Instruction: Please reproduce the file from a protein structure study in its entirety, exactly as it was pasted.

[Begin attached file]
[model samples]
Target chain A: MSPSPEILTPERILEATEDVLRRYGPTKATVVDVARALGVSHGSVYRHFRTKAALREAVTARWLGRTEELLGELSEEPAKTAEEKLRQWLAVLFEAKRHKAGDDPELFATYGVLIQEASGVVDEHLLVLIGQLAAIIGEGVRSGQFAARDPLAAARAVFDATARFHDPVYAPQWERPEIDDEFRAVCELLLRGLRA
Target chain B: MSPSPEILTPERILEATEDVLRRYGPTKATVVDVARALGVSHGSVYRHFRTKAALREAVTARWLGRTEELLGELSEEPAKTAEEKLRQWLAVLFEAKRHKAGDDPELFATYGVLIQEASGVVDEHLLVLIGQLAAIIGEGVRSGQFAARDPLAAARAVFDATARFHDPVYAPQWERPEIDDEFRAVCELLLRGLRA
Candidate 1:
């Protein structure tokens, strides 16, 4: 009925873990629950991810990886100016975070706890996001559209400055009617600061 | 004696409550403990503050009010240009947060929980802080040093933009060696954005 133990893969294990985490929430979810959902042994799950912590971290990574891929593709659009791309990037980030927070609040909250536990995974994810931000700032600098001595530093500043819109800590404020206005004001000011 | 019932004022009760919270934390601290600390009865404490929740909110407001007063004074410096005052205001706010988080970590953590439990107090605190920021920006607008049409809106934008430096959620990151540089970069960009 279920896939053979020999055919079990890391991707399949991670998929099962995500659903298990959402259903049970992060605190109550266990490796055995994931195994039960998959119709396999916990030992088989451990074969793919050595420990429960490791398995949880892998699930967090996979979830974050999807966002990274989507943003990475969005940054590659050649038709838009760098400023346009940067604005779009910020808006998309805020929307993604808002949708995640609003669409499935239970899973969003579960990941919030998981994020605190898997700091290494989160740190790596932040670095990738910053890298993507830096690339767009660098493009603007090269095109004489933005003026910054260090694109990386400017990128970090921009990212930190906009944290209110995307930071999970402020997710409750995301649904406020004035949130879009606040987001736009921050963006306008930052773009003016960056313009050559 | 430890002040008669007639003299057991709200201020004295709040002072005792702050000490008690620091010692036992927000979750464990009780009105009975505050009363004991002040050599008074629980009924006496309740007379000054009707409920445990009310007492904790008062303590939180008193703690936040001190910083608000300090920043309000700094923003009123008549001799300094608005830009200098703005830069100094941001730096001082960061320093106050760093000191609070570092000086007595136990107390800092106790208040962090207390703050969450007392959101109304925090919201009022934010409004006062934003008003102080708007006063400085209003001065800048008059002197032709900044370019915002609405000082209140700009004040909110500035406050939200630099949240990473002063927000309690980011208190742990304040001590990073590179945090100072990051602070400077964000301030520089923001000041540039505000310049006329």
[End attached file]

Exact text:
[model samples]
Target chain A: MSPSPEILTPERILEATEDVLRRYGPTKATVVDVARALGVSHGSVYRHFRTKAALREAVTARWLGRTEELLGELSEEPAKTAEEKLRQWLAVLFEAKRHKAGDDPELFATYGVLIQEASGVVDEHLLVLIGQLAAIIGEGVRSGQFAARDPLAAARAVFDATARFHDPVYAPQWERPEIDDEFRAVCELLLRGLRA
Target chain B: MSPSPEILTPERILEATEDVLRRYGPTKATVVDVARALGVSHGSVYRHFRTKAALREAVTARWLGRTEELLGELSEEPAKTAEEKLRQWLAVLFEAKRHKAGDDPELFATYGVLIQEASGVVDEHLLVLIGQLAAIIGEGVRSGQFAARDPLAAARAVFDATARFHDPVYAPQWERPEIDDEFRAVCELLLRGLRA
Candidate 1:
């Protein structure tokens, strides 16, 4: 009925873990629950991810990886100016975070706890996001559209400055009617600061 | 004696409550403990503050009010240009947060929980802080040093933009060696954005 133990893969294990985490929430979810959902042994799950912590971290990574891929593709659009791309990037980030927070609040909250536990995974994810931000700032600098001595530093500043819109800590404020206005004001000011 | 019932004022009760919270934390601290600390009865404490929740909110407001007063004074410096005052205001706010988080970590953590439990107090605190920021920006607008049409809106934008430096959620990151540089970069960009 279920896939053979020999055919079990890391991707399949991670998929099962995500659903298990959402259903049970992060605190109550266990490796055995994931195994039960998959119709396999916990030992088989451990074969793919050595420990429960490791398995949880892998699930967090996979979830974050999807966002990274989507943003990475969005940054590659050649038709838009760098400023346009940067604005779009910020808006998309805020929307993604808002949708995640609003669409499935239970899973969003579960990941919030998981994020605190898997700091290494989160740190790596932040670095990738910053890298993507830096690339767009660098493009603007090269095109004489933005003026910054260090694109990386400017990128970090921009990212930190906009944290209110995307930071999970402020997710409750995301649904406020004035949130879009606040987001736009921050963006306008930052773009003016960056313009050559 | 430890002040008669007639003299057991709200201020004295709040002072005792702050000490008690620091010692036992927000979750464990009780009105009975505050009363004991002040050599008074629980009924006496309740007379000054009707409920445990009310007492904790008062303590939180008193703690936040001190910083608000300090920043309000700094923003009123008549001799300094608005830009200098703005830069100094941001730096001082960061320093106050760093000191609070570092000086007595136990107390800092106790208040962090207390703050969450007392959101109304925090919201009022934010409004006062934003008003102080708007006063400085209003001065800048008059002197032709900044370019915002609405000082209140700009004040909110500035406050939200630099949240990473002063927000309690980011208190742990304040001590990073590179945090100072990051602070400077964000301030520089923001000041540039505000310049006329």